Enjoy!

Saturday, January 7, 2017

Black Bean Chili Oil Ground Turkey with Zucchini (黑豆辣椒油意大利青瓜火雞, Hak1 Dau6 Laat6 Ziu1 Jau4 Ji3 Daai6 Lei6 Ceng1 Gwaa1 Fo2 Gai1)

Copyright © 2017 Douglas R. Wong, all rights reserved.
This dish is usually made with ground pork, but ground turkey makes a good substitute when it’s handy. The dish is really simple to make and if you’re pressed for time, marinating the ground turkey can be omitted. This is a very inexpensive dish to make, since it’s basically ground meat with vegetables in a (spicy) sauce, and it’s one of the dishes I grew up eating. You can use any ground meat and any vegetable that’s in season to make variations of this recipe. I added Shiitake mushrooms, but the mushrooms can also be omitted if desired.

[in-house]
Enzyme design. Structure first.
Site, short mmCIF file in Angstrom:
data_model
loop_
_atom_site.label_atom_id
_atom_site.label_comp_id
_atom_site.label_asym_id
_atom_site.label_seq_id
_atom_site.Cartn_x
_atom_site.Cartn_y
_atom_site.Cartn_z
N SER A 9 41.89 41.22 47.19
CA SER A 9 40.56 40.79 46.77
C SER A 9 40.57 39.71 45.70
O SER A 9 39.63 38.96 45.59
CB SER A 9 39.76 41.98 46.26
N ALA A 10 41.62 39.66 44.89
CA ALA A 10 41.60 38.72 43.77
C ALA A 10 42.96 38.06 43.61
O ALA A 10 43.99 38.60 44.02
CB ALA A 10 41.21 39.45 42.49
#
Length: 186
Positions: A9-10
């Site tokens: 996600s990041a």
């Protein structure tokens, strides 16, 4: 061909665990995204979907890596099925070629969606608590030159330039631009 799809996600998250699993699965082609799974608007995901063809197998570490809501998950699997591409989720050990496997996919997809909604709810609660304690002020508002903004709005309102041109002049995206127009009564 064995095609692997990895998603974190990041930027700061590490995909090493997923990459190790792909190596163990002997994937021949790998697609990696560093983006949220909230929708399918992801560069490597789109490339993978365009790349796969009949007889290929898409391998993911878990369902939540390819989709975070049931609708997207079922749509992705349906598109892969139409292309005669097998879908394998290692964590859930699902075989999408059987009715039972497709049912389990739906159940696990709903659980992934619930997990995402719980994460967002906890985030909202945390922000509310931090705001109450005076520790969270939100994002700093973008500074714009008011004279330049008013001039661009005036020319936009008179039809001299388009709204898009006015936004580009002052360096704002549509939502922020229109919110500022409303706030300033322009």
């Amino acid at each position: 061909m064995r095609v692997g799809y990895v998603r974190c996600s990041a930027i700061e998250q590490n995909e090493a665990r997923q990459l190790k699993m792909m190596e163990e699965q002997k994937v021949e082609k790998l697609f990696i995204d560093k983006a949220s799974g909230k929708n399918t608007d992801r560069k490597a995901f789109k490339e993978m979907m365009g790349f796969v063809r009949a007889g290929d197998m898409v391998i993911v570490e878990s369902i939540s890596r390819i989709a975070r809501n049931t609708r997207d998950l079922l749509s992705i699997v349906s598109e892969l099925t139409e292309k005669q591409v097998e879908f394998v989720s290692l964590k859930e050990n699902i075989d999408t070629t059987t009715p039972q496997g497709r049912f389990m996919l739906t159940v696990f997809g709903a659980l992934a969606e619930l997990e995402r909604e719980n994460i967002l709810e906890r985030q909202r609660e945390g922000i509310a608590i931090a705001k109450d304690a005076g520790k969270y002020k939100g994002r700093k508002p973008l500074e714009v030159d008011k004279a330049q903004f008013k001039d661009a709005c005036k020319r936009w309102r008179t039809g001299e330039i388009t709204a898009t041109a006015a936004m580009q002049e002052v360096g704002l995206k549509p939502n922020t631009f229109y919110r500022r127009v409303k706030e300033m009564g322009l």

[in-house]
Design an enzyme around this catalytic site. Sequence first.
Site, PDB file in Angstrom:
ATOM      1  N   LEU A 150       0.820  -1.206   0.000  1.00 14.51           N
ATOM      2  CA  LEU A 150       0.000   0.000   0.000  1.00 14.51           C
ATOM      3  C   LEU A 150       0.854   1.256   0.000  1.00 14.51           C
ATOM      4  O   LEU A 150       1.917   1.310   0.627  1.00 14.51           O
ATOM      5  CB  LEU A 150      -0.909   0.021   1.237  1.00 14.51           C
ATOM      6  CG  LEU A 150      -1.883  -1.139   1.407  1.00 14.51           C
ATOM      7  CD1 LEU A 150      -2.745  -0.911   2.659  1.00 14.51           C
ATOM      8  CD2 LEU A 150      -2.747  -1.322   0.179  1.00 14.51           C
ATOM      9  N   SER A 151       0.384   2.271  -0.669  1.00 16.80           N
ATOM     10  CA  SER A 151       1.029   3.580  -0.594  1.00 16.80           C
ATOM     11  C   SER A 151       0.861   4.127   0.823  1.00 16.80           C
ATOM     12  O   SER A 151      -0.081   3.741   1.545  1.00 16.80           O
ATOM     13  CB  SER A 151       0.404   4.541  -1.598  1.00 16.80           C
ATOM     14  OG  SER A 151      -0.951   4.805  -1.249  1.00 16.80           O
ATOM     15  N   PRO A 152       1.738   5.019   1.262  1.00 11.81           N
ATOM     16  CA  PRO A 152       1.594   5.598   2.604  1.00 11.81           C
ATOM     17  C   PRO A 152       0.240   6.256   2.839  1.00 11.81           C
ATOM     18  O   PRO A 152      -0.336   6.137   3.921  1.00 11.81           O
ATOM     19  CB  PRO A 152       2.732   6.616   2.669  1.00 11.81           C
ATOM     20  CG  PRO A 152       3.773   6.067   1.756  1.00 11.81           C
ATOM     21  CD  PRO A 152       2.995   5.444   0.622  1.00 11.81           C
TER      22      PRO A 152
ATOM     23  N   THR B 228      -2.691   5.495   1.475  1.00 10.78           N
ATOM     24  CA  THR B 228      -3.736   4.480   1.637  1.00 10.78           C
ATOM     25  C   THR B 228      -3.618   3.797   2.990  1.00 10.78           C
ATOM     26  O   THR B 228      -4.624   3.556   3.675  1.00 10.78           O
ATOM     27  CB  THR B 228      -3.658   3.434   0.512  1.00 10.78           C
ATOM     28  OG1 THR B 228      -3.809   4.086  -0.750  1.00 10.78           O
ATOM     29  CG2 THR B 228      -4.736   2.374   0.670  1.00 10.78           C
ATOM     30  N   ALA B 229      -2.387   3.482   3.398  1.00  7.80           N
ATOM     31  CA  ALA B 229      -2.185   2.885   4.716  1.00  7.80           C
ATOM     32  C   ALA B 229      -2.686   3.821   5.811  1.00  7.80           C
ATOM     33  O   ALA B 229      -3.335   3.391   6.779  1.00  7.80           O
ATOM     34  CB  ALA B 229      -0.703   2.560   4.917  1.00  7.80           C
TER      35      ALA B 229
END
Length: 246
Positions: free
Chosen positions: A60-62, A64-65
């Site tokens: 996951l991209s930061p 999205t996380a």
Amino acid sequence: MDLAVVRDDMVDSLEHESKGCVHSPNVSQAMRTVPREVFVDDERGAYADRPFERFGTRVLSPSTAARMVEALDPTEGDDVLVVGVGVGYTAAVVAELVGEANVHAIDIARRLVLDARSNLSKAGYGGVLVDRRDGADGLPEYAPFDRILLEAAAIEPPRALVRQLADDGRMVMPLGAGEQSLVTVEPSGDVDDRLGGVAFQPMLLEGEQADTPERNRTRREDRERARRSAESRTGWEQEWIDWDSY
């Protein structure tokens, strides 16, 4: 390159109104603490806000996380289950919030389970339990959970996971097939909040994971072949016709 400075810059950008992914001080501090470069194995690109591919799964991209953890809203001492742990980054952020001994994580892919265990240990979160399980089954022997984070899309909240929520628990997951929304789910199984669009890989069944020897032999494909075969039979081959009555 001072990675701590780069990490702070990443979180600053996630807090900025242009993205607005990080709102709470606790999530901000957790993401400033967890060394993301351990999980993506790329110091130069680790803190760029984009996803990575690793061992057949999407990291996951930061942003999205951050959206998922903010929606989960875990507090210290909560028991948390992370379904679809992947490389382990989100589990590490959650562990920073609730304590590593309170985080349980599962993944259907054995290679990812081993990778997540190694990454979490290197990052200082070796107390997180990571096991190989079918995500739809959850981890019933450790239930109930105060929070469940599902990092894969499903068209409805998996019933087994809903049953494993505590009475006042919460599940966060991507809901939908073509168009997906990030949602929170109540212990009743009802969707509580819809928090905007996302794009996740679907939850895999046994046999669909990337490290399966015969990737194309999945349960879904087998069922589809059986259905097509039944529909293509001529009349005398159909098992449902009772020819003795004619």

Enjoy!

Wednesday, January 4, 2017

Dungeness Crab Scrambled Eggs (北美大肉蟹炒蛋, Bak1 Mei5 Daai6 Juk6 Haai5 Caau2 Daan6)

Copyright © 2017 Douglas R. Wong, all rights reserved.
Scrambled eggs and seafood is a tasty combination, with the most common Chinese restaurant dish using shrimp. My versions of these dishes can be found here: Shrimp and Scrambled Eggs (蝦仁炒蛋, Haa1 Jan4 Caau2 Daan6) and Shrimp and Dungeness Crab Scrambled Eggs (蝦仁北美大肉蟹炒蛋, Haa1 Jan4 Bak1 Mei5 Daai6 Juk6 Haai5 Caau2 Daan6). Since Dungeness crab, a local delicacy, is in season now, here’s a recipe just using cooked Dungeness crab meat. If you’re not fortunate enough to be able to obtain Dungeness crab meat, any frozen or canned crab can be substituted.

Personal preference determines the amount of eggs to use in this dish. The ratio of eggs to seafood depends (obviously) on the number of eggs used to the amount of seafood. If more eggs than seafood is desired, use more eggs, or use fewer eggs if more seafood than eggs is desired. You can, of course, reduce the amount of seafood used to increase the egg ratio. The dish pictured in the recipe used six eggs.

Enjoy!

Tuesday, January 3, 2017